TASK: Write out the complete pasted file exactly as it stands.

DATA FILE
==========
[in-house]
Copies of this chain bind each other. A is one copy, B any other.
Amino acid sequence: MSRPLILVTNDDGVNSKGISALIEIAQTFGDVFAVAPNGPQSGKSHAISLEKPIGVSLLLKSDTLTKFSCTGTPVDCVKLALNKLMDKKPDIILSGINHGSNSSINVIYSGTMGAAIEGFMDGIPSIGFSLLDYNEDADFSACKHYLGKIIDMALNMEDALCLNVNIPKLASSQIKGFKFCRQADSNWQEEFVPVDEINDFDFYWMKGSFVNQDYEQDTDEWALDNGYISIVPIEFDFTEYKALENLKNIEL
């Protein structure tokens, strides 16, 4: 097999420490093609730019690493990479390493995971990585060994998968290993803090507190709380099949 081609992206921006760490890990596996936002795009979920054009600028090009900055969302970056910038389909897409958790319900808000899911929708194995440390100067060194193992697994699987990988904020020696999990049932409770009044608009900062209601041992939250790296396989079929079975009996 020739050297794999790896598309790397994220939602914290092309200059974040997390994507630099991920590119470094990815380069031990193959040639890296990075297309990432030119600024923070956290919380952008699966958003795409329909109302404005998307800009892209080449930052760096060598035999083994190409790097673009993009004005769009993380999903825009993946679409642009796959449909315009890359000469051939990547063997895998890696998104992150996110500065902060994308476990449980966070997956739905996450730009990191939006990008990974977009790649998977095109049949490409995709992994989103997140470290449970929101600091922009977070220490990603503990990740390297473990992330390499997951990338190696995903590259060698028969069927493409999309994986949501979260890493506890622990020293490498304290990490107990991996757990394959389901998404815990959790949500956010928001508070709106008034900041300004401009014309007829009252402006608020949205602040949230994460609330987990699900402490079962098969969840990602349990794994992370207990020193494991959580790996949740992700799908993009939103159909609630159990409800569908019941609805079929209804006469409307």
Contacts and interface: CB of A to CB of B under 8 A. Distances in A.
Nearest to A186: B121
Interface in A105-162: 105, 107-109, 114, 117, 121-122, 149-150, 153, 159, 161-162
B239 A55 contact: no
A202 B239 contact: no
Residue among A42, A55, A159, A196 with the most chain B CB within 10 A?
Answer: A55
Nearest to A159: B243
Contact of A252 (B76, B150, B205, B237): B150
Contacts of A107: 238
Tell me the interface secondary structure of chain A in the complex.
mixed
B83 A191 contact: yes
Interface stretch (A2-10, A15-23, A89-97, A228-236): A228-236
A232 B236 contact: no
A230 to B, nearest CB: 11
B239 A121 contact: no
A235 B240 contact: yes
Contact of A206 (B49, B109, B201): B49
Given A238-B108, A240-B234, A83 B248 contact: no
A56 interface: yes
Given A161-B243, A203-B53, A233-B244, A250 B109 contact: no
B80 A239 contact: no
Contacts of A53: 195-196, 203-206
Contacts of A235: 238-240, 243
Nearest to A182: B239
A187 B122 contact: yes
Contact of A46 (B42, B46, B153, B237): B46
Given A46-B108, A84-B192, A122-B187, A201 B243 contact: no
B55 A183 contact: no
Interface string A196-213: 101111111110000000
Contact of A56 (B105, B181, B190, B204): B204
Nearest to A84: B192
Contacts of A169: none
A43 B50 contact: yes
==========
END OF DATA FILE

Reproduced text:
[in-house]
Copies of this chain bind each other. A is one copy, B any other.
Amino acid sequence: MSRPLILVTNDDGVNSKGISALIEIAQTFGDVFAVAPNGPQSGKSHAISLEKPIGVSLLLKSDTLTKFSCTGTPVDCVKLALNKLMDKKPDIILSGINHGSNSSINVIYSGTMGAAIEGFMDGIPSIGFSLLDYNEDADFSACKHYLGKIIDMALNMEDALCLNVNIPKLASSQIKGFKFCRQADSNWQEEFVPVDEINDFDFYWMKGSFVNQDYEQDTDEWALDNGYISIVPIEFDFTEYKALENLKNIEL
């Protein structure tokens, strides 16, 4: 097999420490093609730019690493990479390493995971990585060994998968290993803090507190709380099949 081609992206921006760490890990596996936002795009979920054009600028090009900055969302970056910038389909897409958790319900808000899911929708194995440390100067060194193992697994699987990988904020020696999990049932409770009044608009900062209601041992939250790296396989079929079975009996 020739050297794999790896598309790397994220939602914290092309200059974040997390994507630099991920590119470094990815380069031990193959040639890296990075297309990432030119600024923070956290919380952008699966958003795409329909109302404005998307800009892209080449930052760096060598035999083994190409790097673009993009004005769009993380999903825009993946679409642009796959449909315009890359000469051939990547063997895998890696998104992150996110500065902060994308476990449980966070997956739905996450730009990191939006990008990974977009790649998977095109049949490409995709992994989103997140470290449970929101600091922009977070220490990603503990990740390297473990992330390499997951990338190696995903590259060698028969069927493409999309994986949501979260890493506890622990020293490498304290990490107990991996757990394959389901998404815990959790949500956010928001508070709106008034900041300004401009014309007829009252402006608020949205602040949230994460609330987990699900402490079962098969969840990602349990794994992370207990020193494991959580790996949740992700799908993009939103159909609630159990409800569908019941609805079929209804006469409307």
Contacts and interface: CB of A to CB of B under 8 A. Distances in A.
Nearest to A186: B121
Interface in A105-162: 105, 107-109, 114, 117, 121-122, 149-150, 153, 159, 161-162
B239 A55 contact: no
A202 B239 contact: no
Residue among A42, A55, A159, A196 with the most chain B CB within 10 A?
Answer: A55
Nearest to A159: B243
Contact of A252 (B76, B150, B205, B237): B150
Contacts of A107: 238
Tell me the interface secondary structure of chain A in the complex.
mixed
B83 A191 contact: yes
Interface stretch (A2-10, A15-23, A89-97, A228-236): A228-236
A232 B236 contact: no
A230 to B, nearest CB: 11
B239 A121 contact: no
A235 B240 contact: yes
Contact of A206 (B49, B109, B201): B49
Given A238-B108, A240-B234, A83 B248 contact: no
A56 interface: yes
Given A161-B243, A203-B53, A233-B244, A250 B109 contact: no
B80 A239 contact: no
Contacts of A53: 195-196, 203-206
Contacts of A235: 238-240, 243
Nearest to A182: B239
A187 B122 contact: yes
Contact of A46 (B42, B46, B153, B237): B46
Given A46-B108, A84-B192, A122-B187, A201 B243 contact: no
B55 A183 contact: no
Interface string A196-213: 101111111110000000
Contact of A56 (B105, B181, B190, B204): B204
Nearest to A84: B192
Contacts of A169: none
A43 B50 contact: yes